In 1969 he did a spot on the owner of The Hilltop Restaurant in Athens, Ohio. She was referred to as Mom Pennell. According to Steinhoff, she would talk about college students that visited her or servicemen she would give money to for bus tickets.
The morning after the story ran, Steinhoff watched customers coming in, each giving Pennell a copy of the article. He said that's when he realized he had the power to elevate ordinary individuals.
"I became hypersensitive to the events that surround you," Steinhoff said. "The ordinary people idea came from that."
After a stint at the Gastonia Gazette in North Carolina, the Palm Beach Post became his home for the next 35 years where he did a variety of jobs. He retired in 2008.
A book on the Smelterville area of Cape Girardeau is in the works for Steinhoff. He is tracking down people in the images he found from 1966 of Smelterville. He has gone to reunions and circulated photos hoping to find connections.
"I interviewed a woman that had a photo of her mother that had been passed around," Steinhoff said. "She said she did not have a picture of her and had almost forgotten her face. She told me she had the photo on the seat of the car next to her and looked at it and had to pull to the side of the road and let the tears fall."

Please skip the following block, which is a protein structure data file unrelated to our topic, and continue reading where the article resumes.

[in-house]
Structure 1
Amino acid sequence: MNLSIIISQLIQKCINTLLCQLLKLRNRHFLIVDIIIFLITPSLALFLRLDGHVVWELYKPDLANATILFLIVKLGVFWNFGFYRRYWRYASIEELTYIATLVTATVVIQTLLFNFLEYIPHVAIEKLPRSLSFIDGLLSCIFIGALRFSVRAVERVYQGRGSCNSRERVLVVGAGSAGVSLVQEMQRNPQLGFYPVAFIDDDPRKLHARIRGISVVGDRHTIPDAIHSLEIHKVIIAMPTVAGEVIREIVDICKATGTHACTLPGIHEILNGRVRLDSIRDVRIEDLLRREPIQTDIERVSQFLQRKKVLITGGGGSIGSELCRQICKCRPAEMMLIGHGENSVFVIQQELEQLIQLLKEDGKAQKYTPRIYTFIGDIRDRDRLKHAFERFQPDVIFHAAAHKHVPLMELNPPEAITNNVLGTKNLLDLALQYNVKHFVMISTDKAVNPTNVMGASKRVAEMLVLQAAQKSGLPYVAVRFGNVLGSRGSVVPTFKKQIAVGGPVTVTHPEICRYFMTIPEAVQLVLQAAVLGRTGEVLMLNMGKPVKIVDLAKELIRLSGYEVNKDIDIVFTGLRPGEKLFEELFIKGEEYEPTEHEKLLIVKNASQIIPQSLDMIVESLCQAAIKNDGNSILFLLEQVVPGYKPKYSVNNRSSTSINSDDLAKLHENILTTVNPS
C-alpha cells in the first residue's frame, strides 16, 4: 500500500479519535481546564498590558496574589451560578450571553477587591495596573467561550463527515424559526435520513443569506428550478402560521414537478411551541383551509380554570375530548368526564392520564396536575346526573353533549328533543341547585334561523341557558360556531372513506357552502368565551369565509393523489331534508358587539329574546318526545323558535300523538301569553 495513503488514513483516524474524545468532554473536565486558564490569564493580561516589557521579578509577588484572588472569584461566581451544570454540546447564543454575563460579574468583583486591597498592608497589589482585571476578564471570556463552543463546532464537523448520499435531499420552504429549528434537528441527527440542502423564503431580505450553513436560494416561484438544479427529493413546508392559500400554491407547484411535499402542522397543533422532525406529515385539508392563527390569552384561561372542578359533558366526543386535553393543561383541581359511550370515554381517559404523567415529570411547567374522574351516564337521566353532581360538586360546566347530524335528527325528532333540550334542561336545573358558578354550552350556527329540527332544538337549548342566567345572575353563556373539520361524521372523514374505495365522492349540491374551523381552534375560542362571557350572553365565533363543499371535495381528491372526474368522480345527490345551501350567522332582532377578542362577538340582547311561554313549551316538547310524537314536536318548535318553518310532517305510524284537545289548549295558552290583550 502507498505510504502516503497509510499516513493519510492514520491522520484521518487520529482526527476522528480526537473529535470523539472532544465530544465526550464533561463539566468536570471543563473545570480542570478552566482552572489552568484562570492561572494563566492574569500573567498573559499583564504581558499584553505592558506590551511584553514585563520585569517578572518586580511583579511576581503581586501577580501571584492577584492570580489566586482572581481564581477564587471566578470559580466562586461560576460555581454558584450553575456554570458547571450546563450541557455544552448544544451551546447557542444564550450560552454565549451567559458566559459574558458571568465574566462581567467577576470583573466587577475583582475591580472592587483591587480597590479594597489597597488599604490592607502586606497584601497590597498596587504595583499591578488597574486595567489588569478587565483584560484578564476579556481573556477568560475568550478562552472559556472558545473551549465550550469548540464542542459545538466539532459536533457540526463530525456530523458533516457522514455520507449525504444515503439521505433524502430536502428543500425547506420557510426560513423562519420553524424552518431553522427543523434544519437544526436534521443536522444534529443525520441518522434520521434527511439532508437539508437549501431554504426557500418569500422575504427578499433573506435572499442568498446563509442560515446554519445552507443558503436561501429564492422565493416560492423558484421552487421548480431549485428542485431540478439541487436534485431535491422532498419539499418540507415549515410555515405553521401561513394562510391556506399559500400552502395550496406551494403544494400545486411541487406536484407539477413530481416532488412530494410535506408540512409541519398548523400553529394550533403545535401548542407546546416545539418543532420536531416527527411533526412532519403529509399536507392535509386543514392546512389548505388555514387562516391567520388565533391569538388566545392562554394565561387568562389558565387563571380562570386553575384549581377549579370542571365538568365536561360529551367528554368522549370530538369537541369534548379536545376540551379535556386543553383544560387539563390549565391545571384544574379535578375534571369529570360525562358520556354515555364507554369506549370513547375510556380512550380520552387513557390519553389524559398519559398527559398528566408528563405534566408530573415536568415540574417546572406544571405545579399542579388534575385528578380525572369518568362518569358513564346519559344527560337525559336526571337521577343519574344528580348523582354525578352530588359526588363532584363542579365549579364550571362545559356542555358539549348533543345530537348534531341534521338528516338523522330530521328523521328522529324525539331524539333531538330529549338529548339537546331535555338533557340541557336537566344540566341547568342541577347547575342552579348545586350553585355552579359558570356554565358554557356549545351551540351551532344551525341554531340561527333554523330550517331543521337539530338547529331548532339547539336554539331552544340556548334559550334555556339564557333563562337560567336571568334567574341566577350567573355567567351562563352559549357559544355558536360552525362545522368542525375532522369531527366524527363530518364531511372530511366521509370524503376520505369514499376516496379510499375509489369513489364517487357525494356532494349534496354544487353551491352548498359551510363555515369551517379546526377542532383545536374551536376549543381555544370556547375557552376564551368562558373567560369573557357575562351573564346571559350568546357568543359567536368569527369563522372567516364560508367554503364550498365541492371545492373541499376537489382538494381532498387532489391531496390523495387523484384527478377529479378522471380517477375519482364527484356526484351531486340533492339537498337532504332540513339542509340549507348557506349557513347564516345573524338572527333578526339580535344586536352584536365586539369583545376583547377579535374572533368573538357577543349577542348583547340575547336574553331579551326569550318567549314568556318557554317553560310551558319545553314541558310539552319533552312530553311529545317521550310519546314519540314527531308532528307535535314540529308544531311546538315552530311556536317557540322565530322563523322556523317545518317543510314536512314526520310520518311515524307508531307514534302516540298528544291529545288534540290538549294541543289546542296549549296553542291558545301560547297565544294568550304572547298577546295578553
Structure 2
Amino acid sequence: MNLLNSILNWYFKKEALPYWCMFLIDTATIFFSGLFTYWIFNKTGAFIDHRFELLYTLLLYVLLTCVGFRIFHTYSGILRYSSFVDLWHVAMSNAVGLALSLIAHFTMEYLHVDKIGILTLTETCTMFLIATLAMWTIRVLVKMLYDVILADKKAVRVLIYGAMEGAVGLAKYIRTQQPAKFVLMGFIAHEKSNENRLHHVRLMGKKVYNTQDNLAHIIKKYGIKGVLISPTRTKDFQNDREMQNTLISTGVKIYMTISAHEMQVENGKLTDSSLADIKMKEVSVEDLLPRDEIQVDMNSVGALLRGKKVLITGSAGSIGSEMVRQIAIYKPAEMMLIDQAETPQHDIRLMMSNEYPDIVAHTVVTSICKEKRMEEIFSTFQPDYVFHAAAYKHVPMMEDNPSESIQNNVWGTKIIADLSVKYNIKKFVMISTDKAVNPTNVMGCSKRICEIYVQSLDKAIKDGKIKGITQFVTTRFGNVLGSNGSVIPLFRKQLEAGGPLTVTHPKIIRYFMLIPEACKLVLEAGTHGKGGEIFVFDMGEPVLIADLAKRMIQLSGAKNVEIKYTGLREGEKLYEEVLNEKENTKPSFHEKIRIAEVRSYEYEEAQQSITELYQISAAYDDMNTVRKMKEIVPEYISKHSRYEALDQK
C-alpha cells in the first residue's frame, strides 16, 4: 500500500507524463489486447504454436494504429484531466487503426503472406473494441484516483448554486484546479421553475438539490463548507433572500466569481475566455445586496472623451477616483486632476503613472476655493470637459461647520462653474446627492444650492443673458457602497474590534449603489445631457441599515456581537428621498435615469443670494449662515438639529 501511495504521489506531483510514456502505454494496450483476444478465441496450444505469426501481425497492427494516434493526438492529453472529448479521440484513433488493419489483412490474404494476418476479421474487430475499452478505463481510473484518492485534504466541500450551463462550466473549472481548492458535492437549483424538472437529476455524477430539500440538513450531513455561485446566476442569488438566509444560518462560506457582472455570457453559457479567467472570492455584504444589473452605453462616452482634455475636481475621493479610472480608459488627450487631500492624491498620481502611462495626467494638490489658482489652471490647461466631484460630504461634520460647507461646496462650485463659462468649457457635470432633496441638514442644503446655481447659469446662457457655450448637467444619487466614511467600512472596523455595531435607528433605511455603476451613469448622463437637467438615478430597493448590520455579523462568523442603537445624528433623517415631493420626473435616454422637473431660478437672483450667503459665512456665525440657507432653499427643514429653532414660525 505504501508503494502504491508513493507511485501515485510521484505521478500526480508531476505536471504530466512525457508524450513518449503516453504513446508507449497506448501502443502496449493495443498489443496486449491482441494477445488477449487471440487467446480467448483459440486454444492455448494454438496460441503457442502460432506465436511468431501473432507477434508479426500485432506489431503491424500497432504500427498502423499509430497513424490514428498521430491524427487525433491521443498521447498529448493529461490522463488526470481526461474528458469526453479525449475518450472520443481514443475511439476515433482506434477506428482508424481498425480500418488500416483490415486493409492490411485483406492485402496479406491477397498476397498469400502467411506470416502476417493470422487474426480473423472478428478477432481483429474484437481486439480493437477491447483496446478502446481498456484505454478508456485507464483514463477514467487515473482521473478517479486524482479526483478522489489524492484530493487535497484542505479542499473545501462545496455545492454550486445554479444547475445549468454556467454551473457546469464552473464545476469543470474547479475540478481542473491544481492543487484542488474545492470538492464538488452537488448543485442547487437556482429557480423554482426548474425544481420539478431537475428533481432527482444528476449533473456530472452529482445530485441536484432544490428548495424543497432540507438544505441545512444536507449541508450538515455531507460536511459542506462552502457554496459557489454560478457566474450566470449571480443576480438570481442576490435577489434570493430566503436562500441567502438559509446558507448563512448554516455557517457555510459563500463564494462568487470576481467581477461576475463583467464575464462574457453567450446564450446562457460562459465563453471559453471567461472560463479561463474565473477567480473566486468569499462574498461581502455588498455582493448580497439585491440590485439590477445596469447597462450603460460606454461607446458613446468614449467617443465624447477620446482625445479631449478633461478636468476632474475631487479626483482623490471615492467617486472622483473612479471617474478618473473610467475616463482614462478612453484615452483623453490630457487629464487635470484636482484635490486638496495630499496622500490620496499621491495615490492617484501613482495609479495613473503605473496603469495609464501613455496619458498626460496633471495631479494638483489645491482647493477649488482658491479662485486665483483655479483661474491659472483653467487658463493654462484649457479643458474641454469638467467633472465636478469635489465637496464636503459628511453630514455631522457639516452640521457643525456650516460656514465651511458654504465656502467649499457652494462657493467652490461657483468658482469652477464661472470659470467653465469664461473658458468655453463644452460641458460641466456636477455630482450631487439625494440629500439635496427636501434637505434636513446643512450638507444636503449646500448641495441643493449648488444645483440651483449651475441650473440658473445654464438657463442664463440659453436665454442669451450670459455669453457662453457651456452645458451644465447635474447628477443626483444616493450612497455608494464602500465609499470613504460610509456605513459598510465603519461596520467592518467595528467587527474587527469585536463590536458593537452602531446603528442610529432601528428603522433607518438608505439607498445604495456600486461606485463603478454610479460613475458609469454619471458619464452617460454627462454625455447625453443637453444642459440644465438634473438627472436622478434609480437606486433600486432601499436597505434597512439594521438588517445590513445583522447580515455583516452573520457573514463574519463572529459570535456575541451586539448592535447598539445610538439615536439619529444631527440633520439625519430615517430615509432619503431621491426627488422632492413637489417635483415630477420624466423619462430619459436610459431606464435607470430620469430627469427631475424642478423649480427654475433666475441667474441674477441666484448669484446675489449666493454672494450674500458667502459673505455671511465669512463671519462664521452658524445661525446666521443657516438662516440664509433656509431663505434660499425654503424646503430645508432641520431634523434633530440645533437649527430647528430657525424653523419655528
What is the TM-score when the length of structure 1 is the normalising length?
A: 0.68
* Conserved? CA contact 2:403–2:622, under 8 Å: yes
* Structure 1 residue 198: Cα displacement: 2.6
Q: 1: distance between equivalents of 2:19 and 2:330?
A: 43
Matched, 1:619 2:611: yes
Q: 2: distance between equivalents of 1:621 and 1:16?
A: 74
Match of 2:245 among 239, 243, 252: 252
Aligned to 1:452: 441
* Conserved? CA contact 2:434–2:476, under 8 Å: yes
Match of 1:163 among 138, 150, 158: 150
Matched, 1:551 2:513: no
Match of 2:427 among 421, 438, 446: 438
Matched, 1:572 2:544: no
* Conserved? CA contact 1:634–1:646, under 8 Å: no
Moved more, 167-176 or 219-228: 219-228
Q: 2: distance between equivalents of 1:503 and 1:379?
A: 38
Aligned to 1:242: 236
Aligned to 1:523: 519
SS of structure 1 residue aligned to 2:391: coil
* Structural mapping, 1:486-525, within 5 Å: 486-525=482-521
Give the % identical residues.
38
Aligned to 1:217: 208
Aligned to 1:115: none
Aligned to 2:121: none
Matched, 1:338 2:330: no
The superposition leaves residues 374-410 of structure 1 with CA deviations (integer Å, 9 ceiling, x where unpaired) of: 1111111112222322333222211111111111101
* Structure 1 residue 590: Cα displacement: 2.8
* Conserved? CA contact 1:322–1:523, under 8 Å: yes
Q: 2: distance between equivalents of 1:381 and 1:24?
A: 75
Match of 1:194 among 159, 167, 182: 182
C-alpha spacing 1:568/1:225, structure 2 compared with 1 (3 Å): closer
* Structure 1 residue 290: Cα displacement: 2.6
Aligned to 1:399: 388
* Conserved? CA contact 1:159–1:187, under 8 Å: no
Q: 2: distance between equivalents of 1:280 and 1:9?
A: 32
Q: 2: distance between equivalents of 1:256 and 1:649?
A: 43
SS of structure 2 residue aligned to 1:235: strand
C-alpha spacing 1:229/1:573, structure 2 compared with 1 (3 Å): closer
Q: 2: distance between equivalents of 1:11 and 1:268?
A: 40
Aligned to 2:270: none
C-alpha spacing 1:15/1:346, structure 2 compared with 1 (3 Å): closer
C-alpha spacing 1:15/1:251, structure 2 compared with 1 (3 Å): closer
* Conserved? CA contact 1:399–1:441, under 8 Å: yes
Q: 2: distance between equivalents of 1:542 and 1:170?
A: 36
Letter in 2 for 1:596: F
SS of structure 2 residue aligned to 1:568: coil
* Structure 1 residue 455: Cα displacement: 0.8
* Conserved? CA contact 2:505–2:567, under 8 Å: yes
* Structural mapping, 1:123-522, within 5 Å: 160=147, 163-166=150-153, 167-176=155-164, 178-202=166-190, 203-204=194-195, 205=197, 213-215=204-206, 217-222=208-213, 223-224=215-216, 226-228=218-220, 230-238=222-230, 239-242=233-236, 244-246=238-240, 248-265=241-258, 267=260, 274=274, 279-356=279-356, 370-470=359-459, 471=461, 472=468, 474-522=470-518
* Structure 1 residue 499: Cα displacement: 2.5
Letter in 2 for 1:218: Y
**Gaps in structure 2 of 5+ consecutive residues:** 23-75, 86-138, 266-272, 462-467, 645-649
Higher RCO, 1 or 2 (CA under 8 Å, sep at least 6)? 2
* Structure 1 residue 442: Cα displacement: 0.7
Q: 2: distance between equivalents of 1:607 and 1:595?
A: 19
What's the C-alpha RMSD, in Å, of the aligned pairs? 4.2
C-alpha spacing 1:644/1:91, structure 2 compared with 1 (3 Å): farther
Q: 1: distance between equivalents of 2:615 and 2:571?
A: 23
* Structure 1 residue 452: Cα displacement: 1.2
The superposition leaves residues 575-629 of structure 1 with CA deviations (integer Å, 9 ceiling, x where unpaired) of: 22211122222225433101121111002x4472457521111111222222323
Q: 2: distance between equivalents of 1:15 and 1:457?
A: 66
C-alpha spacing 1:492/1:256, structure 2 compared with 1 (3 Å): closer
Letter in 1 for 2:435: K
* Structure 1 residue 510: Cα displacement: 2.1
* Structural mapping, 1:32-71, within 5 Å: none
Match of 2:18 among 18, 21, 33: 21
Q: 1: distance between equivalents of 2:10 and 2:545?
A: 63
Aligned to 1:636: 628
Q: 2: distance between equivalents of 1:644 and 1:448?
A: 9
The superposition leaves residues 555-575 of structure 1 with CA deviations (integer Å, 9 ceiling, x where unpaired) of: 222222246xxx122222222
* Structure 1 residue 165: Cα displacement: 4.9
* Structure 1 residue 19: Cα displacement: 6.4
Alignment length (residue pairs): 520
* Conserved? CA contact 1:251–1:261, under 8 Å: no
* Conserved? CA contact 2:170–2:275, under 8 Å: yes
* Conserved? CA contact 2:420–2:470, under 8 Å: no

She told him his photograph had captured her soul.
Steinhoff will present an electronic component of his exhibit to a small group at a date to be determined later this month at the Immigrant Conference at the Lutheran Heritage Center. Jordan said that there would also be an 1850s folk art wood carving, from Herb Graupner's collection, of the life of Jesus on display.
The Lutheran Heritage Center and Museum was created to care for the log college seminary. It has expanded to a museum with a gallery and has 4,000 square feet of archives. Families have free access to research genealogy back to Germany.
"People come from all over the county and Germany to do research with us," Jordan said.
The next exhibit will be the eighth annual Luther's Indoor Walk Through the Woods. Forty Christmas trees will be displayed throughout the museum and galleries from Nov. 15 to Jan. 15.
"It's unbelievably gorgeous," Jordan said. "Magical inside the museum."
AP MISSOURI PANORAMA